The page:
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CHEERLEADING is no one-man show. Just ask any secondary school cheerleader and they’ll tell you it’s a combined effort between parents, coaches and, of course, their schools.

According to Vulcanz captain Ariel Yew, her team faced financial difficulties and had to sell T-shirts and perform at events to pay for their coaching fees, props and uniforms.

However, despite the struggles, she credited Vulcanz’s teacher advisor Suntheriswari Pathmananan for being there with them every step of the way.

“There were talks that Vulcanz would be disbanded and CHEER 2015 would be our last chance to help keep the team,” said Yew.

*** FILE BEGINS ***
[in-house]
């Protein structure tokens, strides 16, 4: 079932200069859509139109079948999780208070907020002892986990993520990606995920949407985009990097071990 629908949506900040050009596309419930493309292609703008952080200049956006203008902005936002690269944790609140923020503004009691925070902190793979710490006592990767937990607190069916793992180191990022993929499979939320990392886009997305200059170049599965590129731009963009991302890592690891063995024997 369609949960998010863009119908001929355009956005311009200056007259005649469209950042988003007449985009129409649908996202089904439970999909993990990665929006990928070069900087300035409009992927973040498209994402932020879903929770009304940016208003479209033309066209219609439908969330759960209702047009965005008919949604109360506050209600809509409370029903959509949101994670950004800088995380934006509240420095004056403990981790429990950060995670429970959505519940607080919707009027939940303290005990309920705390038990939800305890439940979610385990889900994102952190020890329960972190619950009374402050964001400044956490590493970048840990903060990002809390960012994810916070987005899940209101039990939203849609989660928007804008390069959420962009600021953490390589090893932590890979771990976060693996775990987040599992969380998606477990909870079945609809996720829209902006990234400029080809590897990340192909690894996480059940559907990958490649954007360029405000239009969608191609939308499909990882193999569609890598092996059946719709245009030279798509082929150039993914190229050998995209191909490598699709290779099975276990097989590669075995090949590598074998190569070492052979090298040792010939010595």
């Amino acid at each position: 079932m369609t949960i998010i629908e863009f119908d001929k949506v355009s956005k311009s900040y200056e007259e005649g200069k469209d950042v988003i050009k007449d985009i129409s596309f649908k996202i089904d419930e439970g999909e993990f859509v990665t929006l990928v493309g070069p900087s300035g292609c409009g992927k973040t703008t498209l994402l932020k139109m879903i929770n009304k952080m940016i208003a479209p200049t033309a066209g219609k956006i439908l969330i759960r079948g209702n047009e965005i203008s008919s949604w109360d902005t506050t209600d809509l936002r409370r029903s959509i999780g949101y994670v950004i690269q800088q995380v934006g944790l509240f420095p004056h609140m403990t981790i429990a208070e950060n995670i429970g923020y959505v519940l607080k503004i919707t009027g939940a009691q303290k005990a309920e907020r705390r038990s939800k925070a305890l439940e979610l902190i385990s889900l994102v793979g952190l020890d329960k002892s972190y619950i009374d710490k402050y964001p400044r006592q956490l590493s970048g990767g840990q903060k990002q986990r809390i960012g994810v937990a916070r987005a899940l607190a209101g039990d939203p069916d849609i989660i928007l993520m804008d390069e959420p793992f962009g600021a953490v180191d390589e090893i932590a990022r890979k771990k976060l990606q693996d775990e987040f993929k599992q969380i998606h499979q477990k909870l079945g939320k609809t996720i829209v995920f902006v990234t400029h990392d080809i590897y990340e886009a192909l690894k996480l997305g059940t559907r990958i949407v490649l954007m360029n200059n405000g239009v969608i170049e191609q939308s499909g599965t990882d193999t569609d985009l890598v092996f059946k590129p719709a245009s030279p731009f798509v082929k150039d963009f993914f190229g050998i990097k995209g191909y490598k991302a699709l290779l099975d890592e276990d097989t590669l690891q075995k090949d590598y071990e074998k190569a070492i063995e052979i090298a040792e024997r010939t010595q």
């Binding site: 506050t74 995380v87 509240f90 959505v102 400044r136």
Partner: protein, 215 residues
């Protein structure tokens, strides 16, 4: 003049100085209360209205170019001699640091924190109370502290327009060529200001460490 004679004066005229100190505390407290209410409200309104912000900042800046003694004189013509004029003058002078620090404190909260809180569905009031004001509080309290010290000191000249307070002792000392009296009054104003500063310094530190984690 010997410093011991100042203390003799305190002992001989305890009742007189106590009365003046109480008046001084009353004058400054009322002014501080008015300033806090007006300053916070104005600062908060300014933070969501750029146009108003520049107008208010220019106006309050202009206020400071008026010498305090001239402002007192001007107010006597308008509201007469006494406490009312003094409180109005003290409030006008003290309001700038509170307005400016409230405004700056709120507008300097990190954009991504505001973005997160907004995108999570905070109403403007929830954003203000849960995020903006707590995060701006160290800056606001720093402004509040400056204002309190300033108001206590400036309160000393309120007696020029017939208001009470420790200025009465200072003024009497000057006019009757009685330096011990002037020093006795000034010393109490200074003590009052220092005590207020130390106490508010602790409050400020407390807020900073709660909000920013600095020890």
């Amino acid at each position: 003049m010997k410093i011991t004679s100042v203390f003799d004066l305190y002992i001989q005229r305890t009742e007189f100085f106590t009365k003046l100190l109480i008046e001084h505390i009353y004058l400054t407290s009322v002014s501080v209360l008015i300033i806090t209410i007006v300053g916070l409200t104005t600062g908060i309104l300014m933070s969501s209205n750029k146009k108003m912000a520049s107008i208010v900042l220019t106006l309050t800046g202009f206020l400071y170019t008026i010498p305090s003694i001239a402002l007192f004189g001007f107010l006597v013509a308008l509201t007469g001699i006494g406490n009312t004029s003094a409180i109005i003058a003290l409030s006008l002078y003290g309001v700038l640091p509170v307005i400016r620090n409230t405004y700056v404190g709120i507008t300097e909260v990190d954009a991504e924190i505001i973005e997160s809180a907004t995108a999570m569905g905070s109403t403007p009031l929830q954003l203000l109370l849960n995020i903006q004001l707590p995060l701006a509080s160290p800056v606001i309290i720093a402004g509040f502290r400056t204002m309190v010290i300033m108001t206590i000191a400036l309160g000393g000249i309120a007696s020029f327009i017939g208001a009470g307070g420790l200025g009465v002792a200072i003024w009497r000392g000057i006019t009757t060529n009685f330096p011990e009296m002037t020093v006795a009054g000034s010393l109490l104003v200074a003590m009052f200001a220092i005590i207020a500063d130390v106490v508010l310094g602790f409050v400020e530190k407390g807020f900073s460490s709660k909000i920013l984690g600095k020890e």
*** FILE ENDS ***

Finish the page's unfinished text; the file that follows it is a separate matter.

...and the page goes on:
“We won the best showmanship award and got fourth in the All-Girls category but I don’t know if our school will allow us to continue. Ms Suntheriswari said she will fight for us so I’m very thankful for her.”

This might also be the final year for team Anselm and Mathilde from SMK Infant Jesus Convent as well because their teacher advisor Tan Sock Horng wants to focus on rhythmic gymnastics.

Despite an impressive fifth place finish in the All-Girls category, team Anselm from SMK Infant Jesus Convent might not be at CHEER next year.

Despite an impressive fifth place finish in the All-Girls category, team Anselm from SMK Infant Jesus Convent might not be at CHEER next year.

Nevertheless, Tan has always done everything she could to help the girls.

Tan, who has been with Anselm for five years, was there at every practice after school hours and occasionally provided transport for cheerleaders whose parents couldn’t drive them to and from training.